Does ANYONE else think you have a good idea? Because at some point you’re going to need customers. And if you can’t find any, you have a problem.
We’re Going To Be Like THAT COMPANY, But Even Better
Don’t try to compete with a company that’s already out there that’s doing well. It’s one thing to recognize that the brands serving a need aren’t doing it well but it’s another thing to think, “I can be better than Apple.” Here’s the thing; you PROBABLY can’t. Let’s talk about Box.
A few years ago, a company launched called Box. They were a direct competitor to Dropbox. Their claim to fame was that their free plan gave you 50gb instead of Dropbox’s 5gb. And a LOT of people signed up. A lot. At the time, Dropbox’s larger plans were priced a little high and so people saw this as a great way to find a middle ground. But Box was trying to take on an industry leader. They weren’t trying to fill a niche need. They were coming out and saying, “we’re going to BEAT Dropbox at what they do.” Now, I have a question for you. Have you ever heard of Box? Even better, do you have a Box account? Even better, do you have a PAID Box account? The answer is…no.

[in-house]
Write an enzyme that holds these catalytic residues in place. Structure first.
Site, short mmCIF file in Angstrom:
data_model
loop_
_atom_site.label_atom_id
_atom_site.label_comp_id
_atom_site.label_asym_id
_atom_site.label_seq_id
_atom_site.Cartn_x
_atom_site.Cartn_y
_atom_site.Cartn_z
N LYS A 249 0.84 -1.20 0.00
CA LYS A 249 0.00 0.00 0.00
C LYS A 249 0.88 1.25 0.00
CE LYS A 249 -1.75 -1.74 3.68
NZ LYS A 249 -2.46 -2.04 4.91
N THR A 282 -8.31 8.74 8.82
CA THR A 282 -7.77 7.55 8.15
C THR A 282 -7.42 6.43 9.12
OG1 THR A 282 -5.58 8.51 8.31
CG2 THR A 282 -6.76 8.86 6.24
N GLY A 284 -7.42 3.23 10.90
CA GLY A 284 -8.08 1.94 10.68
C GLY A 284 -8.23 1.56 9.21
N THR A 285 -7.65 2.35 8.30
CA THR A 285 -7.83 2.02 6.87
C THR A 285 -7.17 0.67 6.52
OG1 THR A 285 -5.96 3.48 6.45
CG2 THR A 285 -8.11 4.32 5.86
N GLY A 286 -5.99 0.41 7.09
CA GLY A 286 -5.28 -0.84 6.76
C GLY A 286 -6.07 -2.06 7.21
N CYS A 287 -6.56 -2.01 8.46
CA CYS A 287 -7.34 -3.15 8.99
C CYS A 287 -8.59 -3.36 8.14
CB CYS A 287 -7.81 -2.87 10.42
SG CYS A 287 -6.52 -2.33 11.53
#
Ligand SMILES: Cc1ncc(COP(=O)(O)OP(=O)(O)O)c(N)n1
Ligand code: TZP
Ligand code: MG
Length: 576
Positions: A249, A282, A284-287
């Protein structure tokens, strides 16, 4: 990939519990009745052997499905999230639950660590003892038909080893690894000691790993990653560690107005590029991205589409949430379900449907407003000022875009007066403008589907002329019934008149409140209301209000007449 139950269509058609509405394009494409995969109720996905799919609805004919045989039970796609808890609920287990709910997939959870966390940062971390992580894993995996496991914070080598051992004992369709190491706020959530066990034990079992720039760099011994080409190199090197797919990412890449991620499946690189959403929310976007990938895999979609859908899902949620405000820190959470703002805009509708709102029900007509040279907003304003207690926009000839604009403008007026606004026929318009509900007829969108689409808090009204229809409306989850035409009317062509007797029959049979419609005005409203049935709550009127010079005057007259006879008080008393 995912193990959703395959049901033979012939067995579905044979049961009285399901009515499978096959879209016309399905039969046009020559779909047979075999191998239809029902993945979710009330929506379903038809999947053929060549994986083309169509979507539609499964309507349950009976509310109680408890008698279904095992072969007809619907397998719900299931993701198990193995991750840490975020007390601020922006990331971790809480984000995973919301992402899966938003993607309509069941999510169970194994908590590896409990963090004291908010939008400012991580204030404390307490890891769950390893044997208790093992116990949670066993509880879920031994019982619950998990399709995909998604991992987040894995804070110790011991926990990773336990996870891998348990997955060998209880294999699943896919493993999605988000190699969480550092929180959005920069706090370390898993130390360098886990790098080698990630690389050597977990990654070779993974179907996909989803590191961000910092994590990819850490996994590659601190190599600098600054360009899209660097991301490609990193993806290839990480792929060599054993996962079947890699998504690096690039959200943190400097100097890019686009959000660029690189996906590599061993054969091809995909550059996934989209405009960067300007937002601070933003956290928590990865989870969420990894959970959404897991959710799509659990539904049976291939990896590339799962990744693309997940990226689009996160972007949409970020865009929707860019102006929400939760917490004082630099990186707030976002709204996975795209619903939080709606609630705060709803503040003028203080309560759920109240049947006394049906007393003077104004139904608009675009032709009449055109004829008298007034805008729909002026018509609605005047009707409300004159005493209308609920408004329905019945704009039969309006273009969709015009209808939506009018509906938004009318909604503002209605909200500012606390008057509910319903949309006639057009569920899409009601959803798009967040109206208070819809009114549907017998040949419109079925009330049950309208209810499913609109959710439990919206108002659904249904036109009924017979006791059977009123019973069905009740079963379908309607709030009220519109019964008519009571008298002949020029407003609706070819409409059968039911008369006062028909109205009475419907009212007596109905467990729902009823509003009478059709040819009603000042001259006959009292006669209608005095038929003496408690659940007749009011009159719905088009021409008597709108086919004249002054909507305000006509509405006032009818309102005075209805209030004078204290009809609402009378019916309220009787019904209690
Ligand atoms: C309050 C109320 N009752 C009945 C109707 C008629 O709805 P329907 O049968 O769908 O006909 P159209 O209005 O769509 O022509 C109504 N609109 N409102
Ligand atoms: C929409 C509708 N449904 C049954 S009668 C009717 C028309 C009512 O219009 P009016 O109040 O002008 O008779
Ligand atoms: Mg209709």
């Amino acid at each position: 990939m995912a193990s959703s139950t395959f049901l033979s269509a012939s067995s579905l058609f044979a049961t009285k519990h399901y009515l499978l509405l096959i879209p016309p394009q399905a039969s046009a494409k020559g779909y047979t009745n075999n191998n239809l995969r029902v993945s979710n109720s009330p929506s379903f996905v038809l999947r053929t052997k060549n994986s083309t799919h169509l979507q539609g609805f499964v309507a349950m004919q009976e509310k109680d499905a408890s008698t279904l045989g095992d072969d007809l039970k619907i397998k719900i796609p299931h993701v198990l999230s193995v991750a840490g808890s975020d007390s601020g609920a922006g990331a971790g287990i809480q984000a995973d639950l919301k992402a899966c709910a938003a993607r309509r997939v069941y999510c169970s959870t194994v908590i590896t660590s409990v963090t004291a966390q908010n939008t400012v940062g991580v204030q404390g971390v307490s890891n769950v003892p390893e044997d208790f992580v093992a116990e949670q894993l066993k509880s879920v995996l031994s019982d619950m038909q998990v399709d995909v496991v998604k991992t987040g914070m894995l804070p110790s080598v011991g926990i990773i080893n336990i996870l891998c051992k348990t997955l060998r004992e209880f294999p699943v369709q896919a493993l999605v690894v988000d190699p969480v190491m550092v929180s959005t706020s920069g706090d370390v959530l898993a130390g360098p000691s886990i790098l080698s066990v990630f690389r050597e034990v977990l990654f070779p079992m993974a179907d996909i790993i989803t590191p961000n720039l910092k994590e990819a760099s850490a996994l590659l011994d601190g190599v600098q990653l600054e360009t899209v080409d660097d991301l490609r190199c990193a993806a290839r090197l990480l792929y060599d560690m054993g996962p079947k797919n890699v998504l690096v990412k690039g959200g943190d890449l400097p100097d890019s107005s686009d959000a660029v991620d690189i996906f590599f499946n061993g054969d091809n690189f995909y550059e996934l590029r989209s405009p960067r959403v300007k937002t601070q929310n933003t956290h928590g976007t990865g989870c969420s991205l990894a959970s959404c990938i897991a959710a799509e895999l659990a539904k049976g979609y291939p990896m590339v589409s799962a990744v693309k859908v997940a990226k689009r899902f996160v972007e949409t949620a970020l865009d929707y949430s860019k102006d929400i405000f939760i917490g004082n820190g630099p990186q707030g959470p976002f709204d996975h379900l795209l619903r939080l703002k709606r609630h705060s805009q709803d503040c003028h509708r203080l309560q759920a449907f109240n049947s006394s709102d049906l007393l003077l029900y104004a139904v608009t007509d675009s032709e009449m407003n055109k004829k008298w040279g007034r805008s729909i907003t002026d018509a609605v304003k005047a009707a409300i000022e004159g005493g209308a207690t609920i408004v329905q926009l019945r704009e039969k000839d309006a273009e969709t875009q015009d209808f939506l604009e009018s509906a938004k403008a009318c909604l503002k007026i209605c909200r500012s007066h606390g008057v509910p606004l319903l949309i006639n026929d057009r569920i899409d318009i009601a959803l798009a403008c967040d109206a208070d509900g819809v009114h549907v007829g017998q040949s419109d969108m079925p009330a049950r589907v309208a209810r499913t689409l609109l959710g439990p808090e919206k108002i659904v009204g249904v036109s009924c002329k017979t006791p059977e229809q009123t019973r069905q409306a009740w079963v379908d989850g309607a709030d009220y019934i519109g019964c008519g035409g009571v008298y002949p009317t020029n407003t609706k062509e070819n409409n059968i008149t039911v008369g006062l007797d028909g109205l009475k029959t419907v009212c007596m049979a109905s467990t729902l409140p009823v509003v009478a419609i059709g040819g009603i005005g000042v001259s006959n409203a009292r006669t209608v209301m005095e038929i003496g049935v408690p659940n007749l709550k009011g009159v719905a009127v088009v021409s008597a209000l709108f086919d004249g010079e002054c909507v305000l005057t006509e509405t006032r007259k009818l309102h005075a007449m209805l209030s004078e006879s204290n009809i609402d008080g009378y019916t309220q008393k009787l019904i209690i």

What did this do? Simple. It made Dropbox a LOT of money. Dropbox simply said, ok fine, we’ll drop our price and raise our storage limits. Suddenly EVERYONE had a paid Dropbox account. The lesson? This isn’t Mike Tyson’s Punchout. You can’t take on the boss.
So…Don’t Start a Business?
No. ABSOLUTELY start a business. But take these rules to heart. Start a business because it’s what you WANT to do, not because you DON’T want to do something else. Start a business because you want to work something great, not because you don’t want to work. Start a business because you think work is cool, not because you want a cool office.
I will probably never work for someone ever again. Not because I didn’t enjoy working for “the man”, not because I didn’t like work hours, not because I had a super quick idea for an app but rather because I’ve spent my whole life believing that I wanted to build something extraordinary. THAT’S why you start a business.